Monday, 25 March 2013

The Finished NMA Trooper

Here is the next in the series for the Naseby book for the Naseby Battlefield Project and this is a Parliamentary Cavalryman but fought under none other than Oliver Cromwell himself. The New Model Army's elite troops were its Regiments of Horse. They were armed and equipped in the style known at the time as harquebusiers, rather than as heavily armoured cuirassiers. They wore a back-and-front breastplate over a buff leather coat, which itself gave some protection against sword cuts, and normally a "lobster-tailed pot" helmet with a movable three-barred visor, and a bridle gauntlet on the left hand. The sleeves of the buff coats were often decorated with strips of braid, which may have been arranged in a regimental pattern. Leather "bucket-topped" riding boots gave some protection to the legs.

Regiments were organised into six troops, of one hundred troopers plus officers, non-commissioned officers and specialists (drummers, farriers etc.). Each troop had its own standard, 2 feet (61 cm) square. On the battlefield, a regiment was normally formed as two "divisions" of three troops, one commanded by the regiment's Colonel (or the Major, if the Colonel was not present), the other by the Lieutenant Colonel.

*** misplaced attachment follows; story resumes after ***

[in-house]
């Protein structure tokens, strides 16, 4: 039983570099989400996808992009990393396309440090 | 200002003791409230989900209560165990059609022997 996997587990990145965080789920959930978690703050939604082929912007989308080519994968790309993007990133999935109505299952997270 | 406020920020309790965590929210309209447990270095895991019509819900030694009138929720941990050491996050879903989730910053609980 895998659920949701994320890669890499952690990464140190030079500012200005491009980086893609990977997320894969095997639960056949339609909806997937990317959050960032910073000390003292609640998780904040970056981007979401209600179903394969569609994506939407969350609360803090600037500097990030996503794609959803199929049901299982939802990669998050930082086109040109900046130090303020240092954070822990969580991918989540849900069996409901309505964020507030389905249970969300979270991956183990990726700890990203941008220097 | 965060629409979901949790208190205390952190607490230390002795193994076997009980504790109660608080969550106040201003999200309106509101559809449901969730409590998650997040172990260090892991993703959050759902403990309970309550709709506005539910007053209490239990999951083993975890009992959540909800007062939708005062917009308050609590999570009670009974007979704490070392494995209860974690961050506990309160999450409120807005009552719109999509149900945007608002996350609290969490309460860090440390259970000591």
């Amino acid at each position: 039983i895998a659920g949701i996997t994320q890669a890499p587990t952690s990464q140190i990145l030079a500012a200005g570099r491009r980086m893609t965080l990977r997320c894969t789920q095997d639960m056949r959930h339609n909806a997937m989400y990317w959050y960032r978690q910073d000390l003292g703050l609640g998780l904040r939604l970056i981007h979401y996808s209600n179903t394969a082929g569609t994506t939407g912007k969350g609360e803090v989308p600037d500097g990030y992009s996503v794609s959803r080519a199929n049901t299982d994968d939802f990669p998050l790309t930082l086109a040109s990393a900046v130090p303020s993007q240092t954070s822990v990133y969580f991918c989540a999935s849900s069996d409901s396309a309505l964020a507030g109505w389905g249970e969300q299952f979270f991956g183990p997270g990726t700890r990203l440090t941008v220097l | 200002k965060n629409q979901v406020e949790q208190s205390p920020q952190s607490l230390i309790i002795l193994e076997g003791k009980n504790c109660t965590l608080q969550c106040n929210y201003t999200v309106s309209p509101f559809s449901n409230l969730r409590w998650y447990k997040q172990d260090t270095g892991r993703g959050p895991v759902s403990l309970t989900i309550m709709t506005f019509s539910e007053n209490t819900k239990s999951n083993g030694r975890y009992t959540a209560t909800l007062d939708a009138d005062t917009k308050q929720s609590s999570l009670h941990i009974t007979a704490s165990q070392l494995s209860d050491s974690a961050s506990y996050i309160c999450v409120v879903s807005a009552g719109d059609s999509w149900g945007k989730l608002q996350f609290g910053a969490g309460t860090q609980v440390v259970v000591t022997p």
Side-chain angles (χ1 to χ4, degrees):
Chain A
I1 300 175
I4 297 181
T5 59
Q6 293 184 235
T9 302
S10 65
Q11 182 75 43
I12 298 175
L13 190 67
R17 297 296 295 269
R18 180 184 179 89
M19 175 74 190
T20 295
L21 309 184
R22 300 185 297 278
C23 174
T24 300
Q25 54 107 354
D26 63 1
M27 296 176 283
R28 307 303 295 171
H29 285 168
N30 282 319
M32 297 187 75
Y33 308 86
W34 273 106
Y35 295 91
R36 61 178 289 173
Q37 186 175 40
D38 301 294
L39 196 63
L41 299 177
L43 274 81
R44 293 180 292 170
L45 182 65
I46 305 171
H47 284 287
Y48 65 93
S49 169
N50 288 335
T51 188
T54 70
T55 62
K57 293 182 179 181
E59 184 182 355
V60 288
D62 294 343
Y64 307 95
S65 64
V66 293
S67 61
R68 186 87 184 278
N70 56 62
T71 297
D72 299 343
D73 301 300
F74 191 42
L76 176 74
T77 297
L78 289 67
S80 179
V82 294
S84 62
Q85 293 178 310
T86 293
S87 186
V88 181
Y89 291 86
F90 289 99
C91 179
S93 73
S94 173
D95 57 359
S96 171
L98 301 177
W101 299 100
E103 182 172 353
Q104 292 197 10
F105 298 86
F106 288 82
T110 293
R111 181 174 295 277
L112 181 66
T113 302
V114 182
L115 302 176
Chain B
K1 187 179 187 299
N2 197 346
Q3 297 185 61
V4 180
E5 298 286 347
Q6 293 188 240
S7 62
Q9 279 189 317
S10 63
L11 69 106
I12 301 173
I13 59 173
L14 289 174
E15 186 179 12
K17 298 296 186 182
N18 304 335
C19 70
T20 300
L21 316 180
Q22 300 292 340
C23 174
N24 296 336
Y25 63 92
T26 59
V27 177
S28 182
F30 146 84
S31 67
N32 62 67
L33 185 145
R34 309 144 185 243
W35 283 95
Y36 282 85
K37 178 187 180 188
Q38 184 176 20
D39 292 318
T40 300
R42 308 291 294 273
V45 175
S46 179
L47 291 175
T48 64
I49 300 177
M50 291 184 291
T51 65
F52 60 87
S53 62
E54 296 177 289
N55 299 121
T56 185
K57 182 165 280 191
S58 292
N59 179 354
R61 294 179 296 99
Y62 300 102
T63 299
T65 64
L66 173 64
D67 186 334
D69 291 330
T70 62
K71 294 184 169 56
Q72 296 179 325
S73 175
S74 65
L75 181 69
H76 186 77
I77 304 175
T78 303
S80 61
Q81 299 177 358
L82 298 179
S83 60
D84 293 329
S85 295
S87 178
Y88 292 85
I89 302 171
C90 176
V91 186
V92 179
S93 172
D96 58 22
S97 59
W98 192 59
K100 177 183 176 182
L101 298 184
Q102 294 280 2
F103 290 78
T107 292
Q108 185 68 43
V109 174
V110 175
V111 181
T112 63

Their discipline was markedly superior to that of their Royalist counterparts. Cromwell specifically forbade his men to gallop after a fleeing enemy, but demanded they hold the battlefield. This meant that the New Model cavalry could charge, break an enemy force, regroup and charge again at another objective. On the other hand, when required to pursue, they did so relentlessly, not breaking ranks to loot abandoned enemy baggage as Royalist horse often did.

I have had great fun painting him and enjoyed painting the chap and the horse. There is actually two versions of this, with different coloured sashes and there is a bit of debate over which colour the sash should be, but it should be blue and not tawny. Now can anyone spot the different between these two pictures besides the sashes that is?

New Model Army Regiment of Horse

New Model Army Regiment of Horse

14 comments:

  1. Looks great

    the difference is some form of padding between the breast plate and the buff?

    Ian

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    1. Thanks there Ian and yes its the sheep sheepskin that is missing on the second picture

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  2. I can see the difference just not how to point it out in words. I'd the blue sash picture is lighter in tone. But both look excellent.

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    1. Thanks there Ian and its the sheepskin but you are right about the tone being lighter too

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  3. I can't sre any real difference other than the blue colour PK. Those horses are absolutely gorgeous. An excellent piece of work sir!

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    1. Thanks there Anne and I do like painting horses and I think that I am getting better at them

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  4. Nice work as ever Pete, your stirring my interest in ECW as a period sir!

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    1. Ta mate but dont get into the trap as you well end up with an ECW army that will never be painted, lol, just like me.

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  5. Very, very nice work!
    Phil.

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